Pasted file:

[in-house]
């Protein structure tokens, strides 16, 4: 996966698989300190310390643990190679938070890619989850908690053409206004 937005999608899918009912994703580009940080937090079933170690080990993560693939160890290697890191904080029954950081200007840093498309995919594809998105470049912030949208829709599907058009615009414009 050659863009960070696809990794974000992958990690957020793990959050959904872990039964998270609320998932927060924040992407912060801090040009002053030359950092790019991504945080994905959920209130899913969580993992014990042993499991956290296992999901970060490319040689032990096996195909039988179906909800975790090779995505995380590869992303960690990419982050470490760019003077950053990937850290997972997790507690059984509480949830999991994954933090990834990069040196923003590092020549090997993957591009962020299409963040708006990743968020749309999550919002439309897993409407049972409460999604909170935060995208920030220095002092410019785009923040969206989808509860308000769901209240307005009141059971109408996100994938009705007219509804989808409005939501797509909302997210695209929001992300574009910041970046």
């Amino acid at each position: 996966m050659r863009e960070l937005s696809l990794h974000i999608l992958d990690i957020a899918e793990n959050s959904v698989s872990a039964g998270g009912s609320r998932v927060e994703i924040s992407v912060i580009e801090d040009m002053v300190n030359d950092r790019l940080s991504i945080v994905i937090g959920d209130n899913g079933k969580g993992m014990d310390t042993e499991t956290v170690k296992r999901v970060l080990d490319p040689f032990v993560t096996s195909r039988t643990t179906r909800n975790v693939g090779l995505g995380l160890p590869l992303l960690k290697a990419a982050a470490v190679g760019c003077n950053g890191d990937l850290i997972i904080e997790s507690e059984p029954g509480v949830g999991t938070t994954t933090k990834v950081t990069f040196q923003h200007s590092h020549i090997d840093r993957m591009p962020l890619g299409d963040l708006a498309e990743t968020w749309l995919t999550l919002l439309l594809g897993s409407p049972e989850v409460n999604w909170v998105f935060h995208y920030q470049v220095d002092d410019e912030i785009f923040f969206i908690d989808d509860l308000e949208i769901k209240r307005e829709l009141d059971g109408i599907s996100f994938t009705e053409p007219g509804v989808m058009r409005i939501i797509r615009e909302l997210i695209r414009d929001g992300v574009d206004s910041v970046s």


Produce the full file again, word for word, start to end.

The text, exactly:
[in-house]
């Protein structure tokens, strides 16, 4: 996966698989300190310390643990190679938070890619989850908690053409206004 937005999608899918009912994703580009940080937090079933170690080990993560693939160890290697890191904080029954950081200007840093498309995919594809998105470049912030949208829709599907058009615009414009 050659863009960070696809990794974000992958990690957020793990959050959904872990039964998270609320998932927060924040992407912060801090040009002053030359950092790019991504945080994905959920209130899913969580993992014990042993499991956290296992999901970060490319040689032990096996195909039988179906909800975790090779995505995380590869992303960690990419982050470490760019003077950053990937850290997972997790507690059984509480949830999991994954933090990834990069040196923003590092020549090997993957591009962020299409963040708006990743968020749309999550919002439309897993409407049972409460999604909170935060995208920030220095002092410019785009923040969206989808509860308000769901209240307005009141059971109408996100994938009705007219509804989808409005939501797509909302997210695209929001992300574009910041970046």
């Amino acid at each position: 996966m050659r863009e960070l937005s696809l990794h974000i999608l992958d990690i957020a899918e793990n959050s959904v698989s872990a039964g998270g009912s609320r998932v927060e994703i924040s992407v912060i580009e801090d040009m002053v300190n030359d950092r790019l940080s991504i945080v994905i937090g959920d209130n899913g079933k969580g993992m014990d310390t042993e499991t956290v170690k296992r999901v970060l080990d490319p040689f032990v993560t096996s195909r039988t643990t179906r909800n975790v693939g090779l995505g995380l160890p590869l992303l960690k290697a990419a982050a470490v190679g760019c003077n950053g890191d990937l850290i997972i904080e997790s507690e059984p029954g509480v949830g999991t938070t994954t933090k990834v950081t990069f040196q923003h200007s590092h020549i090997d840093r993957m591009p962020l890619g299409d963040l708006a498309e990743t968020w749309l995919t999550l919002l439309l594809g897993s409407p049972e989850v409460n999604w909170v998105f935060h995208y920030q470049v220095d002092d410019e912030i785009f923040f969206i908690d989808d509860l308000e949208i769901k209240r307005e829709l009141d059971g109408i599907s996100f994938t009705e053409p007219g509804v989808m058009r409005i939501i797509r615009e909302l997210i695209r414009d929001g992300v574009d206004s910041v970046s």